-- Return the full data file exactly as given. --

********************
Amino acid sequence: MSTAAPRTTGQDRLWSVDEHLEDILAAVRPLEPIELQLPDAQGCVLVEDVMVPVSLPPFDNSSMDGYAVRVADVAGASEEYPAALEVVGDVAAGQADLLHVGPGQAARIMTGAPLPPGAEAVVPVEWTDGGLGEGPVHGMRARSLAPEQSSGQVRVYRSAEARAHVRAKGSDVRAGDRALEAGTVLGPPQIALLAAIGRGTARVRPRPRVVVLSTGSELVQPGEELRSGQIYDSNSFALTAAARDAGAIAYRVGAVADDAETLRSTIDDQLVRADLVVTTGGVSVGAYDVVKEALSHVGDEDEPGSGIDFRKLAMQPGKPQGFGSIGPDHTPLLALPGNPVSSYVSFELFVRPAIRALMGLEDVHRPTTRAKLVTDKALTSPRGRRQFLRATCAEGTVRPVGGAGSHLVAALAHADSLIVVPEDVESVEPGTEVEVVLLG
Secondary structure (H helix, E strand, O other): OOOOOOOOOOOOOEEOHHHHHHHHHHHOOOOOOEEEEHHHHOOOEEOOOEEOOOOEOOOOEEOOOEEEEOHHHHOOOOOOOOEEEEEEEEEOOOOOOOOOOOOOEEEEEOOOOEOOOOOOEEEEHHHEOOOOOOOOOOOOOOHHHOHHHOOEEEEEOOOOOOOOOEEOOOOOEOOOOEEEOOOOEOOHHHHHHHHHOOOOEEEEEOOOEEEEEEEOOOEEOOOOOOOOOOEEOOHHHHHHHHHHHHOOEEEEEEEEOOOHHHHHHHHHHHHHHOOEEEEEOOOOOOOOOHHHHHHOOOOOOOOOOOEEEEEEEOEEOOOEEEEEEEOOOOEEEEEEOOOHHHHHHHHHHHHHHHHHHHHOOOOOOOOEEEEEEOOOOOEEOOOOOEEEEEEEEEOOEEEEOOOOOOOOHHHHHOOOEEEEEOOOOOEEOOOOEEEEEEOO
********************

Amino acid sequence: MSTAAPRTTGQDRLWSVDEHLEDILAAVRPLEPIELQLPDAQGCVLVEDVMVPVSLPPFDNSSMDGYAVRVADVAGASEEYPAALEVVGDVAAGQADLLHVGPGQAARIMTGAPLPPGAEAVVPVEWTDGGLGEGPVHGMRARSLAPEQSSGQVRVYRSAEARAHVRAKGSDVRAGDRALEAGTVLGPPQIALLAAIGRGTARVRPRPRVVVLSTGSELVQPGEELRSGQIYDSNSFALTAAARDAGAIAYRVGAVADDAETLRSTIDDQLVRADLVVTTGGVSVGAYDVVKEALSHVGDEDEPGSGIDFRKLAMQPGKPQGFGSIGPDHTPLLALPGNPVSSYVSFELFVRPAIRALMGLEDVHRPTTRAKLVTDKALTSPRGRRQFLRATCAEGTVRPVGGAGSHLVAALAHADSLIVVPEDVESVEPGTEVEVVLLG
Secondary structure (H helix, E strand, O other): OOOOOOOOOOOOOEEOHHHHHHHHHHHOOOOOOEEEEHHHHOOOEEOOOEEOOOOEOOOOEEOOOEEEEOHHHHOOOOOOOOEEEEEEEEEOOOOOOOOOOOOOEEEEEOOOOEOOOOOOEEEEHHHEOOOOOOOOOOOOOOHHHOHHHOOEEEEEOOOOOOOOOEEOOOOOEOOOOEEEOOOOEOOHHHHHHHHHOOOOEEEEEOOOEEEEEEEOOOEEOOOOOOOOOOEEOOHHHHHHHHHHHHOOEEEEEEEEOOOHHHHHHHHHHHHHHOOEEEEEOOOOOOOOOHHHHHHOOOOOOOOOOOEEEEEEEOEEOOOEEEEEEEOOOOEEEEEEOOOHHHHHHHHHHHHHHHHHHHHOOOOOOOOEEEEEEOOOOOEEOOOOOEEEEEEEEEOOEEEEOOOOOOOOHHHHHOOOEEEEEOOOOOEEOOOOEEEEEEOO